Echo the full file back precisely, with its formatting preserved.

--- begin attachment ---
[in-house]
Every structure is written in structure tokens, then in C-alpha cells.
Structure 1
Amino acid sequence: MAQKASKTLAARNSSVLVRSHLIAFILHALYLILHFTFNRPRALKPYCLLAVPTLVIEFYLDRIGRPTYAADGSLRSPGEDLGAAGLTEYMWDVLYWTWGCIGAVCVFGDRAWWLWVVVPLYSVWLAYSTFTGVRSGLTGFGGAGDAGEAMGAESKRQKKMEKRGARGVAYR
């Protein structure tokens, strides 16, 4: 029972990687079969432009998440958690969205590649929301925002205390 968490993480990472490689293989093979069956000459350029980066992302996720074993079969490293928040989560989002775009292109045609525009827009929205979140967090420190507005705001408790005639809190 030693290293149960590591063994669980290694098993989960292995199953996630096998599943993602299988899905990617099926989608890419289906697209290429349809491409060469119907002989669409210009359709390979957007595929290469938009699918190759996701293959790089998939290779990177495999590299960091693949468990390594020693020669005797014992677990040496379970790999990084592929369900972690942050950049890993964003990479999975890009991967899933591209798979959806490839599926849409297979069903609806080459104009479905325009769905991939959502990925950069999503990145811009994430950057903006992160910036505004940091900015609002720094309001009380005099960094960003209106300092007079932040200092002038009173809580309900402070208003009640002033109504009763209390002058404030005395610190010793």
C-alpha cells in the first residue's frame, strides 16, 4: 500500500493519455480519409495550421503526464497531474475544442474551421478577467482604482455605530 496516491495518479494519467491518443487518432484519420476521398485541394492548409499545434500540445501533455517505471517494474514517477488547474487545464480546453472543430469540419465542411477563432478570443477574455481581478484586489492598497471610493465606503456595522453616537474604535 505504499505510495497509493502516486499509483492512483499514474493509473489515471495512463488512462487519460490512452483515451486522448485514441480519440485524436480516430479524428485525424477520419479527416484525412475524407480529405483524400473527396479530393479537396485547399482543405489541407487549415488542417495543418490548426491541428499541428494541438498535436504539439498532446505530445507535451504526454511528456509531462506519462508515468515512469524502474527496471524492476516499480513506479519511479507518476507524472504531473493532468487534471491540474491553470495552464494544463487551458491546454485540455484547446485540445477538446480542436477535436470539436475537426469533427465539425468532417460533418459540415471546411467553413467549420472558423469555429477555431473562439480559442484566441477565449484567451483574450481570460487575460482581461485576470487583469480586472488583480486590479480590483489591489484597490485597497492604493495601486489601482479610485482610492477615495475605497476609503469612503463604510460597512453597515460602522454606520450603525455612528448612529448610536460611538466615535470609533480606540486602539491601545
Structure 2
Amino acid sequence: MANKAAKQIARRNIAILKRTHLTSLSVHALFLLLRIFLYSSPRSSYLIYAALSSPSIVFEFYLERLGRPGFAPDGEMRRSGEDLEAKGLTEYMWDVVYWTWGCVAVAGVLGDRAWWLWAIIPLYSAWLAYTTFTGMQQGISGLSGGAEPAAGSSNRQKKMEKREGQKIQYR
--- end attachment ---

[in-house]
Every structure is written in structure tokens, then in C-alpha cells.
Structure 1
Amino acid sequence: MAQKASKTLAARNSSVLVRSHLIAFILHALYLILHFTFNRPRALKPYCLLAVPTLVIEFYLDRIGRPTYAADGSLRSPGEDLGAAGLTEYMWDVLYWTWGCIGAVCVFGDRAWWLWVVVPLYSVWLAYSTFTGVRSGLTGFGGAGDAGEAMGAESKRQKKMEKRGARGVAYR
């Protein structure tokens, strides 16, 4: 029972990687079969432009998440958690969205590649929301925002205390 968490993480990472490689293989093979069956000459350029980066992302996720074993079969490293928040989560989002775009292109045609525009827009929205979140967090420190507005705001408790005639809190 030693290293149960590591063994669980290694098993989960292995199953996630096998599943993602299988899905990617099926989608890419289906697209290429349809491409060469119907002989669409210009359709390979957007595929290469938009699918190759996701293959790089998939290779990177495999590299960091693949468990390594020693020669005797014992677990040496379970790999990084592929369900972690942050950049890993964003990479999975890009991967899933591209798979959806490839599926849409297979069903609806080459104009479905325009769905991939959502990925950069999503990145811009994430950057903006992160910036505004940091900015609002720094309001009380005099960094960003209106300092007079932040200092002038009173809580309900402070208003009640002033109504009763209390002058404030005395610190010793």
C-alpha cells in the first residue's frame, strides 16, 4: 500500500493519455480519409495550421503526464497531474475544442474551421478577467482604482455605530 496516491495518479494519467491518443487518432484519420476521398485541394492548409499545434500540445501533455517505471517494474514517477488547474487545464480546453472543430469540419465542411477563432478570443477574455481581478484586489492598497471610493465606503456595522453616537474604535 505504499505510495497509493502516486499509483492512483499514474493509473489515471495512463488512462487519460490512452483515451486522448485514441480519440485524436480516430479524428485525424477520419479527416484525412475524407480529405483524400473527396479530393479537396485547399482543405489541407487549415488542417495543418490548426491541428499541428494541438498535436504539439498532446505530445507535451504526454511528456509531462506519462508515468515512469524502474527496471524492476516499480513506479519511479507518476507524472504531473493532468487534471491540474491553470495552464494544463487551458491546454485540455484547446485540445477538446480542436477535436470539436475537426469533427465539425468532417460533418459540415471546411467553413467549420472558423469555429477555431473562439480559442484566441477565449484567451483574450481570460487575460482581461485576470487583469480586472488583480486590479480590483489591489484597490485597497492604493495601486489601482479610485482610492477615495475605497476609503469612503463604510460597512453597515460602522454606520450603525455612528448612529448610536460611538466615535470609533480606540486602539491601545
Structure 2
Amino acid sequence: MANKAAKQIARRNIAILKRTHLTSLSVHALFLLLRIFLYSSPRSSYLIYAALSSPSIVFEFYLERLGRPGFAPDGEMRRSGEDLEAKGLTEYMWDVVYWTWGCVAVAGVLGDRAWWLWAIIPLYSAWLAYTTFTGMQQGISGLSGGAEPAAGSSNRQKKMEKREGQKIQYR